Q: You reached the state tournament last year with a young squad. What about that experience will help you this year?
A: Being able to manage the crowd, manage the big stage. Going out there and being able to play your best knowing the whole city is watching, the whole state is watching, and still being able to go out and perform the best you can.
Q: What do you see role as on the Hornets?
A: Really just strong defensively, get the puck up to the forwards. Really just that.
Q: Give me a quick scouting report on yourself.
A: I’m a good defensive defenseman that’s active in shutting down plays and moving it up to the forwards and can also add a little offensive if need be.
Q: With the younger kids on the team, do you have to keep them in line?
A: [Laughter] I dunno, I wouldn’t say that much. To be honest with you, even the older guys are just as bad as the younger guys. It doesn’t make a difference.
Q: This summer will be your third year in the Elite League?
A: On paper it’s my third year but my sophomore year I played in the first week and then got injured and missed the rest of it. So I really didn’t play my first year.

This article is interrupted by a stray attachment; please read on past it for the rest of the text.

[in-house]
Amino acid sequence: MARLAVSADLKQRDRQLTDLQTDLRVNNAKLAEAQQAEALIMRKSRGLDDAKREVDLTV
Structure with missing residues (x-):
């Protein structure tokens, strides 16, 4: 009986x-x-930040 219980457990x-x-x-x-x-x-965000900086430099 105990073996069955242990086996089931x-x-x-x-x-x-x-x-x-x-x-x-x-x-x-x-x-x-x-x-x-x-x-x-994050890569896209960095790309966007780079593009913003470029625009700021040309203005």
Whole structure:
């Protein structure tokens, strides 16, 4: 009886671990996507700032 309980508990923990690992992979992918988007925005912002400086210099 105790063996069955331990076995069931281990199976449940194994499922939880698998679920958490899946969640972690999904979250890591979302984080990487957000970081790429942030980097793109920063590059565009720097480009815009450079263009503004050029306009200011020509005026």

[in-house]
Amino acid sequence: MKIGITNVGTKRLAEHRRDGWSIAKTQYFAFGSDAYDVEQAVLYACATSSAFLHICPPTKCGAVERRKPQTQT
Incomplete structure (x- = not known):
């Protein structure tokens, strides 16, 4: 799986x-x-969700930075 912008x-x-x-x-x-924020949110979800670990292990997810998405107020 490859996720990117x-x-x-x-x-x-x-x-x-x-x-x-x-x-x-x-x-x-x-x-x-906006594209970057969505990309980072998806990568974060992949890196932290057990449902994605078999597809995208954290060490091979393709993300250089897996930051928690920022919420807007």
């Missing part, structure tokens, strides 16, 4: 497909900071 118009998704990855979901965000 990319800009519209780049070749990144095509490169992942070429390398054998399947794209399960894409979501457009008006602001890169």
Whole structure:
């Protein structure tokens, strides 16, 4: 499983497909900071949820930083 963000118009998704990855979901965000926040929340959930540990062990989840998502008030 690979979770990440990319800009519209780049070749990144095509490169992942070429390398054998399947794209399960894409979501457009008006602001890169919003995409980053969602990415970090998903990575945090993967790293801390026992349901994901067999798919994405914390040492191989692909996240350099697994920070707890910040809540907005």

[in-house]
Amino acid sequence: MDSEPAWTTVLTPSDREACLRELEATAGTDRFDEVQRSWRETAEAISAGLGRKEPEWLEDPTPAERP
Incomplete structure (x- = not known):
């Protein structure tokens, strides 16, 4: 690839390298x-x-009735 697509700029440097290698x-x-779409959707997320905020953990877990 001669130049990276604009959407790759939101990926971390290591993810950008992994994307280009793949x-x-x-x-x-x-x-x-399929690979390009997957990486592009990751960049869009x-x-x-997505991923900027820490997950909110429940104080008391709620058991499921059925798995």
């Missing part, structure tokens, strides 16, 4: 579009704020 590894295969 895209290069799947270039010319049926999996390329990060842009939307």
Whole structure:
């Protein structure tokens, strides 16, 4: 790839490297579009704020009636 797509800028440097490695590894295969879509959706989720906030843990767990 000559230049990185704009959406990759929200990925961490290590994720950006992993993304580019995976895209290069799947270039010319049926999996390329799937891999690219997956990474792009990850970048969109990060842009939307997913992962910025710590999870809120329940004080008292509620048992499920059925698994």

Q: What’s your favorite part of the Elite League?
A: There’s a lot of good players from around the state so the competition is really high. I get to play with people I played with in AAA tournaments when I was younger and I get to know some guys from other cities and just playing really competitive games.
Q: Team Southwest is full of kids from rival schools like Benilde-St. Margaret’s and Minnetonka. Is it weird to play with them on a team?
A: Well I guess. I mean, it’s not really that bad because at that moment we’re kinda on our team so we’re not really worried about it.
Q: Edina has had a recent history of skaters leaving early to play in various junior leagues. With all the exposure that you’re getting, what made it appealing to stick with high school hockey?
A: Growing up and everything I’ve pretty much only dreamt about playing for Edina. So I don’t feel like I need to rush anywhere because playing here is a dream come true. I don’t have to go to the USHL to fulfill my dreams or anything. There’s just so much tradition and I want to win another championship.
Credentials: Reno was selected as just one of seven defenseman on the United States U-18 squad to represent the county at the 2012 Ivan Hlinka Memorial Tournament that takes place from August 12-17 in both the Czech Republic and Slovakia. As a junior Reno netted two goals and notched 14 assists for the Hornets. This season will be the third time he has made an Elite League team.
College committment: None. Even after some prying, Reno was hesitant to give any specifics. He did say he's been in talks with several colleges.
Facebook or Twitter? Facebook
Favorite hockey movie? "Miracle"
Cake or Pie? Cake
Score a goal, or dish a hit? Dish a hit
Favorite subject in school? History
Black tape or white tape? Black
Funniest teammate? Andy Jordahl